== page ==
Preheat the oven to 200°C.
Make the pies: On a lightly floured surface, roll out the discs into 20cm circles. Cut each circle into two half-circles (there will be 8 in total).
Divide the fried onion and cream cheese into 8 portions.
On each half-circle of pastry, place a portion of cream cheese on one side and spoon a portion of onion on top. Fold the other half over and press the edges together. Seal in the filling by crimping the edges together.
Brush the top with egg glaze and cut small vents in the top of the pies. Sprinkle with seeds, if desired. Place on a greased baking tray and bake until puffy and golden, about 25 minutes.
CARAMEL GINGER CHICKEN
This recipe is based on Vietnamese caramel chicken. If you’re a fan of ginger, you’ll get a kick out of this dish.
1kg chicken thighs, cut into two or three pieces
5cm piece fresh ginger, grated and squeezed for juice
1 tsp fish sauce
vegetable oil for frying
1/2 cup fresh ginger, peeled and cut into matchsticks
2 tbsp caster sugar
1/4 cup water
1/2 medium onion, finely chopped
2 garlic cloves, finely chopped
1-2 tbsp fish sauce
1/2 tsp freshly ground black pepper
1/2 tsp dried red chilli flakes
1 stalk green onion, thinly sliced on the diagonal, for garnish
Combine the chicken, ginger juice, fish sauce and white pepper. Set aside for 10 minutes.
Meanwhile, heat 3 tbsp oil in a large frying pan. Add one-third of the ginger matchsticks. Over medium heat, fry the ginger until golden and crisp. Drain on kitchen paper. Set aside to use as garnish.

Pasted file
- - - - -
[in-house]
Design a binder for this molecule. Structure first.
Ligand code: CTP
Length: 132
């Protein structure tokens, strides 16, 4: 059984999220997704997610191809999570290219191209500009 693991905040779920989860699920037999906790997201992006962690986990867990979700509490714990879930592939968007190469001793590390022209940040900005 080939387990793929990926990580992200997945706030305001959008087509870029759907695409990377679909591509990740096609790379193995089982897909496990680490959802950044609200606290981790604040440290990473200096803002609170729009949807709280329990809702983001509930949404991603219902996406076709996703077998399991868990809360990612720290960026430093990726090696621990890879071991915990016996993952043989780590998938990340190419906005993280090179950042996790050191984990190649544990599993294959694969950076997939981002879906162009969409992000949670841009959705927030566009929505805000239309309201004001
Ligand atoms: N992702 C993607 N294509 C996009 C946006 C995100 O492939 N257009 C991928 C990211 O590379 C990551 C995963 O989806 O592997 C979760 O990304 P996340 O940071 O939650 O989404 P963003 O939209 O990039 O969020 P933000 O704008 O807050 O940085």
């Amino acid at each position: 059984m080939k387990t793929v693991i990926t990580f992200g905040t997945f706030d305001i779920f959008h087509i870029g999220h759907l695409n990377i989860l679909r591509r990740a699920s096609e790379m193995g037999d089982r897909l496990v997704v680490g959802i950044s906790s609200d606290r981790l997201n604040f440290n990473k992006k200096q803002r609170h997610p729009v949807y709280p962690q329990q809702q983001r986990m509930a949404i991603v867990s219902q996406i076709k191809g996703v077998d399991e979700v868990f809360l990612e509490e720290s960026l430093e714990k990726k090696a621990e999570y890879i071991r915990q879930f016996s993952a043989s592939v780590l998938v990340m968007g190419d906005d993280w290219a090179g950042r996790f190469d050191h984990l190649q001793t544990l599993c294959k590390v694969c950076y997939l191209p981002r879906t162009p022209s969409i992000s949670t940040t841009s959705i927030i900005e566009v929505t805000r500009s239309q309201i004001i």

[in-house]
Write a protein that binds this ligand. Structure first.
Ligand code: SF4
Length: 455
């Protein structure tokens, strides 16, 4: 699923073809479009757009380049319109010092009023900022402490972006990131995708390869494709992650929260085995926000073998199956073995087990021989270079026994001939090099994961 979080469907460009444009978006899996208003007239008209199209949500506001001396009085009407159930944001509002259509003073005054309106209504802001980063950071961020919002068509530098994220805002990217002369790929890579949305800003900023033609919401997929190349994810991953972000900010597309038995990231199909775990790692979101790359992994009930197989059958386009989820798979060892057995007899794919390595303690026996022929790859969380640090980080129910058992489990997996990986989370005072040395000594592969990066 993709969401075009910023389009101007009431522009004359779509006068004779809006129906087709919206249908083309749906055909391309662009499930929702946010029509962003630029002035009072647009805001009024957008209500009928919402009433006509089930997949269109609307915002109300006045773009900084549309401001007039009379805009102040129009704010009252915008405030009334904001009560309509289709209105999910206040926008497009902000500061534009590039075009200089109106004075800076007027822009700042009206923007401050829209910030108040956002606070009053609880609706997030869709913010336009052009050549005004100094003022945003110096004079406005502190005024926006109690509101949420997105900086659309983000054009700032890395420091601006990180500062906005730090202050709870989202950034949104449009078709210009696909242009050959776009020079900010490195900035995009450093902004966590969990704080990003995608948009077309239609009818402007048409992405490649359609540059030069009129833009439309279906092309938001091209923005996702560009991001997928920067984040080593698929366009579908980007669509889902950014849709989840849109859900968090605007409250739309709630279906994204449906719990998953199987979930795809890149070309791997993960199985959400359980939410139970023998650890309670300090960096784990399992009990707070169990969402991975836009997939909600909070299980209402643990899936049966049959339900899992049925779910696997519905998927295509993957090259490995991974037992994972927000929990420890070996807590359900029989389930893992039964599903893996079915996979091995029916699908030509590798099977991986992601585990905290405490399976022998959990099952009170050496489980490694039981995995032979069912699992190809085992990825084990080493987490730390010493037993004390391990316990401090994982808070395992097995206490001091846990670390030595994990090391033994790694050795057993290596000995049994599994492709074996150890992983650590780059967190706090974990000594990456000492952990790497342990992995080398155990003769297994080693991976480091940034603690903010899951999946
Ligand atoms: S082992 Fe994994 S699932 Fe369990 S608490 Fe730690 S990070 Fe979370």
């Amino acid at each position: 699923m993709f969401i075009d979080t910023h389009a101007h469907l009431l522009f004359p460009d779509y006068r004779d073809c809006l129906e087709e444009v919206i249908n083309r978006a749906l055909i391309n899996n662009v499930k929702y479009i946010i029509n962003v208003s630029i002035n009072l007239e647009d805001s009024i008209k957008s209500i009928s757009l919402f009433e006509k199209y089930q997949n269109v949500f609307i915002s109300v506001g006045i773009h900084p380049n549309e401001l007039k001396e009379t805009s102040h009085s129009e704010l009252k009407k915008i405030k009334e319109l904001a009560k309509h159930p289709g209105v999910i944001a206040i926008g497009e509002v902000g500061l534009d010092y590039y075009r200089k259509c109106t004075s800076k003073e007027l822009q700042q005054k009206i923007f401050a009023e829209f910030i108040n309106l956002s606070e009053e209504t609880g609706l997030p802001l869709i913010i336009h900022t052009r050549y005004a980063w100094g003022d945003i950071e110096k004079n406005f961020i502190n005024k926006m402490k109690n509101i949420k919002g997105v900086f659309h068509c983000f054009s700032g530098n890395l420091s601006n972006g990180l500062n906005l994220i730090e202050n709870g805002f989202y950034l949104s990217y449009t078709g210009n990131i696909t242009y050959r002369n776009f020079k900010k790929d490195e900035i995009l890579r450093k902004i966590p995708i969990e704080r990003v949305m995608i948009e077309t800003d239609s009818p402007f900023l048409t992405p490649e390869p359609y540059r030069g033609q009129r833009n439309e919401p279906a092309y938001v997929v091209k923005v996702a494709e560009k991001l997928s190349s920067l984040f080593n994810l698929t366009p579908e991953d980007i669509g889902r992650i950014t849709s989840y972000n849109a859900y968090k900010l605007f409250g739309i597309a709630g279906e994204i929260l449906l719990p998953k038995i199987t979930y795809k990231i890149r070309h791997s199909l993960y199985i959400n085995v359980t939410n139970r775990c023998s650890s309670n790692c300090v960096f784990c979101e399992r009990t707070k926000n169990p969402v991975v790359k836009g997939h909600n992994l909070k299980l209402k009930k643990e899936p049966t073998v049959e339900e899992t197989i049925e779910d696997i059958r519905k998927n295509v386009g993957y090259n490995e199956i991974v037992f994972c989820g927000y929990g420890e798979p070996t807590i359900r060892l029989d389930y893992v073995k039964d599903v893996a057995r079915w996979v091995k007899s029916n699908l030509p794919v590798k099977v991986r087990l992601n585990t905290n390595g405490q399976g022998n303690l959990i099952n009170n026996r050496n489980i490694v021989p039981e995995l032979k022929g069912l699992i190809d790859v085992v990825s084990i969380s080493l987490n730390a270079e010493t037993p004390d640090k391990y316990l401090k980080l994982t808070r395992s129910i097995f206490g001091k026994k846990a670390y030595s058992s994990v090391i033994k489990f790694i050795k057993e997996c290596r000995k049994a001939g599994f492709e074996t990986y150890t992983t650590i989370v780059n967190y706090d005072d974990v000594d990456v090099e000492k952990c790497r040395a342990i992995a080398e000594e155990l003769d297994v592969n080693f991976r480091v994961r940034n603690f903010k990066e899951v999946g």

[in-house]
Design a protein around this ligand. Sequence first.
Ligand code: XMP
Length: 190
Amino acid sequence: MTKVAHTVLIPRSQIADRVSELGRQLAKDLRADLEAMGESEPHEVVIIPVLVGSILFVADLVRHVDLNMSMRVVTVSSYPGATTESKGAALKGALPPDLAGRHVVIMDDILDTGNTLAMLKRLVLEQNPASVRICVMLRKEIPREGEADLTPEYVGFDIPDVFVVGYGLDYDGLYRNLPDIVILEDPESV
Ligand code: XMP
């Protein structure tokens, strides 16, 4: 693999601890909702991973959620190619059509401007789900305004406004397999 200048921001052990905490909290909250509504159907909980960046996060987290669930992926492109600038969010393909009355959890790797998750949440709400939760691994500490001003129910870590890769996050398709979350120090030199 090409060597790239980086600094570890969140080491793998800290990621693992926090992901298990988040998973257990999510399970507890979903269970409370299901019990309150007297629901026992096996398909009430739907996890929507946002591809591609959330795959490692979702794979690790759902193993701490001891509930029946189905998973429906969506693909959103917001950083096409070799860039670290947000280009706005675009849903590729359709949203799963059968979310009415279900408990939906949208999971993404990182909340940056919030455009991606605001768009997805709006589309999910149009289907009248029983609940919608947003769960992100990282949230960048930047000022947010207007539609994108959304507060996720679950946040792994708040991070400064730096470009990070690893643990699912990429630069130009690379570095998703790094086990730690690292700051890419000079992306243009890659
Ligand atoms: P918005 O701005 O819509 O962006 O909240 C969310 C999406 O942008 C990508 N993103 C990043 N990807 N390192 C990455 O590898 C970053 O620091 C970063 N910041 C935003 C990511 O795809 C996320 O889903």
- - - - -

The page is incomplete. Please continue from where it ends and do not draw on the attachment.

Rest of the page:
Remove chicken pieces from the marinade and fry over medium heat in the remaining oil in the pan until light brown, about 5 minutes. Remove chicken from the pan.
In the remaining oil in the pan, add the sugar. Over low heat, stir until the sugar has melted. Carefully add the water (it will sputter) and bring to the boil.
Return the chicken to the pan with the raw ginger, onion and garlic. Toss until chicken is coated with the caramel. Add the fish sauce, black pepper and chilli flakes. Over medium heat, cook the chicken, adding more water if you prefer the dish saucier, until the chicken is cooked through. Taste and adjust seasoning.
Transfer to a serving platter and garnish with the fried ginger matchsticks and sliced green onion. Serve with rice.
TAMARIND EGG AND EGGPLANT
This recipe is a mashup of three dishes that are cooked with tamarind: the Malaysian dish telur Belanda with deep-fried eggs, the Thai son-in-law eggs (hard-boiled) and an Egyptian eggplant stew.
Tamarind is usually sold in pulp and paste forms. Sometimes, you can even find the fruit in pods. For ease, we’ve used the paste for this recipe. If using the sticky pulp, combine 2 tablespoons with a little hot water, leave for 10-15 minutes, then squeeze it, removing the seeds and fibrous threads.
300g Chinese eggplant
1 medium onion, thinly sliced
1-2 tbsp tamarind paste
1 tsp fish sauce, or to taste
1 tbsp sugar
1 cup water
1 red chilli, thinly sliced
1 stalk green onion (green part only), thinly sliced
Prepare a steamer.
Cut the eggplant in half lengthways, then into 1cm slices. Steam over high heat until tender, 8-10 minutes. Remove from steamer and set aside.
Heat 1/4 cup oil in a wok. Fry the eggs, one at a time, until golden and crisp around the edges. Cut into 7-8 pieces and set aside.
Leave 1 tbsp of oil in the wok. Sauté the onion over medium heat until lightly browned, 2-3 minutes.
Add the tamarind paste, fish sauce, sugar and water. Bring to the boil. Taste and adjust seasoning.
Turn down the heat and add the steamed eggplant. Simmer for a further 1-2 minutes.
Add the crispy egg pieces and toss together. Add the sliced chilli and green onion. Dish out and serve.
Did you find this article insightful?
100% readers found this article insightful